Community ties, an unexpected honor

Adorned wrists after a string-tying ceremony at Wang Yang Elementary School

This picture is a result of a string-tying ceremony I was a part of last Thursday at Wang Yang Elementary School. These ceremonies are an important ritual in Thailand, usually performed when someone enters or leaves a community, or when two people are wed. The ceremony I attended last week was to welcome the newly appointed principal to our school and say goodbye to the former; Teacher Bai-Khao was to receive strings as well, unbeknown to me until the ceremony was underway!

The ceremony started when the new principal lit a candle at the top of the banana leaf structure (see below) holding the strings soon to adorn our wrists. This structure is an intricate centerpiece of leaves folded into origami-like shapes and accented by flowers. Beneath this centerpiece is a whole, cooked chicken on a platter, numerous boiled eggs, and sticky rice wrapped neatly in banana leaves. I was seated in a circle around the centerpiece with principals from several surrounding schools in addition to the Wang Yang principals. Then a village elder offered prayers, and oratorical performance that, at the end, elicited shouts of jubilation from his audience, and a shot of whiskey from a principal. Then we began the actual string-tying; one of my favorite aspects of this part is how everyone in the ceremony connects to the receipent of the string, as everyone touches an elbow, forearm, or shoulder of another, until each person in the room is connected.

When it was my turn, I had to blink back tears as the village elders, students, and their parents circled around me and waited for a chance to tie a string and give me their kind words. Many wished for me to find a handsome husband, happiness, or good luck, though quite a few (from the limited Thai I was able to pick up) also wished upon me a quick return to the school, or to not leave them at all. With a hard-boiled egg and sticky rice in each hand, I looked around at the faces of my students, trying to imprint the moment forever in my memory as one of unconditional acceptance and appreciation. I noticed one of my third-graders wiggling back into the circle at least two more times to tie more string to my wrist, his face just beaming with what I thought to be excitement and adoration, the same look I get after giving him words of encouragement in class. As the ceremony was wrapping up, one of my co-teachers asked if I understood what people were saying, and when I replied “A little,” she responded by saying “Everyone loves Bai-Khao.”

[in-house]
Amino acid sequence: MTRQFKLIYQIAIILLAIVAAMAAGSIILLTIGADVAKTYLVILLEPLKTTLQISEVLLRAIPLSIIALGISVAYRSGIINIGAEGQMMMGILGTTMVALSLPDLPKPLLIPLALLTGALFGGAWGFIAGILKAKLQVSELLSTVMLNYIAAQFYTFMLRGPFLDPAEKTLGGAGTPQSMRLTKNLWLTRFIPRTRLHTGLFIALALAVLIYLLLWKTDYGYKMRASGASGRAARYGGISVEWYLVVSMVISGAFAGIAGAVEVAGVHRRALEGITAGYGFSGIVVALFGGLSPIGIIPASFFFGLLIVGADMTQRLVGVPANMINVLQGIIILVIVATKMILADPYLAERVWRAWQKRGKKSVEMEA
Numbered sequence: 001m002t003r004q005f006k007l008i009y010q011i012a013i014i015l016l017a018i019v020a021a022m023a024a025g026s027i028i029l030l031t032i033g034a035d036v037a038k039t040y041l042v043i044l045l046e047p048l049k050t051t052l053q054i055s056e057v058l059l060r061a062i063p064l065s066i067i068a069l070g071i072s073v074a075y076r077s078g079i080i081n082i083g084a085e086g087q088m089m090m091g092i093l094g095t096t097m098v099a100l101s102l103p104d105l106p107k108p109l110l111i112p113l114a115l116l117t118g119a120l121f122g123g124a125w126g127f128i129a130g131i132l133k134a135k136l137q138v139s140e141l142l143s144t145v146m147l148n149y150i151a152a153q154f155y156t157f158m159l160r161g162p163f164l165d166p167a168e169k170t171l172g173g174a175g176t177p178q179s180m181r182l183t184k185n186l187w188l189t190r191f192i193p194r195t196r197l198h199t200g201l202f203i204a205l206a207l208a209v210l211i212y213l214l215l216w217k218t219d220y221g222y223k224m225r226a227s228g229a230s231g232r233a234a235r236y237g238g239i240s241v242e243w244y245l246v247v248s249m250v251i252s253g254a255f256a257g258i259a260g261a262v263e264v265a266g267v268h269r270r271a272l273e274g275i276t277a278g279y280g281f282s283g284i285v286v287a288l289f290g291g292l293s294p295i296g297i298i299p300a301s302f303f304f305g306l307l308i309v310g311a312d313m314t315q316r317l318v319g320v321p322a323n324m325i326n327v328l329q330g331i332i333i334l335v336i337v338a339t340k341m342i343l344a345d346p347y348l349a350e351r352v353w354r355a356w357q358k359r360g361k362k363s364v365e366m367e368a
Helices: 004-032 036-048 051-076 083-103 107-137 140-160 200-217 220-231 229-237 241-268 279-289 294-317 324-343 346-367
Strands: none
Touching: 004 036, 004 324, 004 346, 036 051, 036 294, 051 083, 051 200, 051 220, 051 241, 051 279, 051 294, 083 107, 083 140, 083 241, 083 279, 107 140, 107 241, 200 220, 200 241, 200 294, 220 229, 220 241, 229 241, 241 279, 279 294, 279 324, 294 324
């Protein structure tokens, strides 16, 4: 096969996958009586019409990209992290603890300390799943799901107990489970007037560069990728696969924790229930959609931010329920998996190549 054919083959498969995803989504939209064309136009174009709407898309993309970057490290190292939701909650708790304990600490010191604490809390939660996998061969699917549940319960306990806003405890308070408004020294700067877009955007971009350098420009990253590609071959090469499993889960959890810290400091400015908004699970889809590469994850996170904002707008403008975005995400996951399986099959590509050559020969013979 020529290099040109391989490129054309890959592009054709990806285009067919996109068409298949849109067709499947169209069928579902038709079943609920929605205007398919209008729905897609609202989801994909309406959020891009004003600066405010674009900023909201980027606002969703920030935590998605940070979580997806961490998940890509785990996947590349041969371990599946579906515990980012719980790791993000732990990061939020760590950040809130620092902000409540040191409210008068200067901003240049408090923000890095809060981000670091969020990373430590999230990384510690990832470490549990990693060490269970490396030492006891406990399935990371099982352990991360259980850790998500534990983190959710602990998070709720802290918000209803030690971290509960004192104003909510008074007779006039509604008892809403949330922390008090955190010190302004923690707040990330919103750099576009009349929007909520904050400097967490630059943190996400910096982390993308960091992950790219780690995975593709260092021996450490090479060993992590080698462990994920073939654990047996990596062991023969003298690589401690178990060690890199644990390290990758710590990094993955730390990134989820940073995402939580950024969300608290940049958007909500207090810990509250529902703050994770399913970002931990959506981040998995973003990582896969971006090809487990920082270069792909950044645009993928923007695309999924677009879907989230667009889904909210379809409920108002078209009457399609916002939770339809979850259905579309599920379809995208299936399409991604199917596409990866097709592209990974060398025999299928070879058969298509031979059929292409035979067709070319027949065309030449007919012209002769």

Village leader tying his string to the new Wang Yang principal

For me this experience came at an incredibly important time, as I was struggling with (admittedly) self-centered feelings of under-appreciation, becoming extremely critical of my co-teachers’ styles of instruction, and having a hard time re-adjusting to my daily routine after saying goodbye to my latest visitor from the States. This experience put me in check and reminded me how lucky I am to live and teach in this community. I was so humbled by the ceremony and it truly could not have occurred at a better time. My life in Thailand has been surprising in that regard; no matter how confusing, disheartening, or impossible a situation may seem, things just have a way of working out when it’s least expected.

In other words: mai pen rai.